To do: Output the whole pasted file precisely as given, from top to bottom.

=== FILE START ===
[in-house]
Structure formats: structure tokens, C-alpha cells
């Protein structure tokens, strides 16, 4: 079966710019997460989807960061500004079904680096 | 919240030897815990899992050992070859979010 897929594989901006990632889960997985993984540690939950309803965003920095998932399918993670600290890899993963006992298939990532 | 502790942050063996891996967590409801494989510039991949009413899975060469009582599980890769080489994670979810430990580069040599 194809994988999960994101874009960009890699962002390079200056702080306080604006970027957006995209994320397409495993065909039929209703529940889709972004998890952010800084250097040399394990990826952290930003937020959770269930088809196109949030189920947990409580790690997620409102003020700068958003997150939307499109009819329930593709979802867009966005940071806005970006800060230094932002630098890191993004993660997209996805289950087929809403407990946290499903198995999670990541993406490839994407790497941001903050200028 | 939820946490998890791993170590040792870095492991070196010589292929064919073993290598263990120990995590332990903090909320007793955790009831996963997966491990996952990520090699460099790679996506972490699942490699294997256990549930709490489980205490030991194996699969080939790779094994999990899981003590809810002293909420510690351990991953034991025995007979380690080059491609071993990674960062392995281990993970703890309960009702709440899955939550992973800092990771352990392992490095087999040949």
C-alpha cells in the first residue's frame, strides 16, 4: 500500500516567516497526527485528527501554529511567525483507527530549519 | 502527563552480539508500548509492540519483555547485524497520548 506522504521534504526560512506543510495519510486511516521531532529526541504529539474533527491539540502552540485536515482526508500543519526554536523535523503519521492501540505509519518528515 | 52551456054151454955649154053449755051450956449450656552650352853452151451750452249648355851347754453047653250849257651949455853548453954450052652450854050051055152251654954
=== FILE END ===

[in-house]
Structure formats: structure tokens, C-alpha cells
């Protein structure tokens, strides 16, 4: 079966710019997460989807960061500004079904680096 | 919240030897815990899992050992070859979010 897929594989901006990632889960997985993984540690939950309803965003920095998932399918993670600290890899993963006992298939990532 | 502790942050063996891996967590409801494989510039991949009413899975060469009582599980890769080489994670979810430990580069040599 194809994988999960994101874009960009890699962002390079200056702080306080604006970027957006995209994320397409495993065909039929209703529940889709972004998890952010800084250097040399394990990826952290930003937020959770269930088809196109949030189920947990409580790690997620409102003020700068958003997150939307499109009819329930593709979802867009966005940071806005970006800060230094932002630098890191993004993660997209996805289950087929809403407990946290499903198995999670990541993406490839994407790497941001903050200028 | 939820946490998890791993170590040792870095492991070196010589292929064919073993290598263990120990995590332990903090909320007793955790009831996963997966491990996952990520090699460099790679996506972490699942490699294997256990549930709490489980205490030991194996699969080939790779094994999990899981003590809810002293909420510690351990991953034991025995007979380690080059491609071993990674960062392995281990993970703890309960009702709440899955939550992973800092990771352990392992490095087999040949």
C-alpha cells in the first residue's frame, strides 16, 4: 500500500516567516497526527485528527501554529511567525483507527530549519 | 502527563552480539508500548509492540519483555547485524497520548 506522504521534504526560512506543510495519510486511516521531532529526541504529539474533527491539540502552540485536515482526508500543519526554536523535523503519521492501540505509519518528515 | 52551456054151454955649154053449755051450956449450656552650352853452151451750452249648355851347754453047653250849257651949455853548453954450052652450854050051055152251654954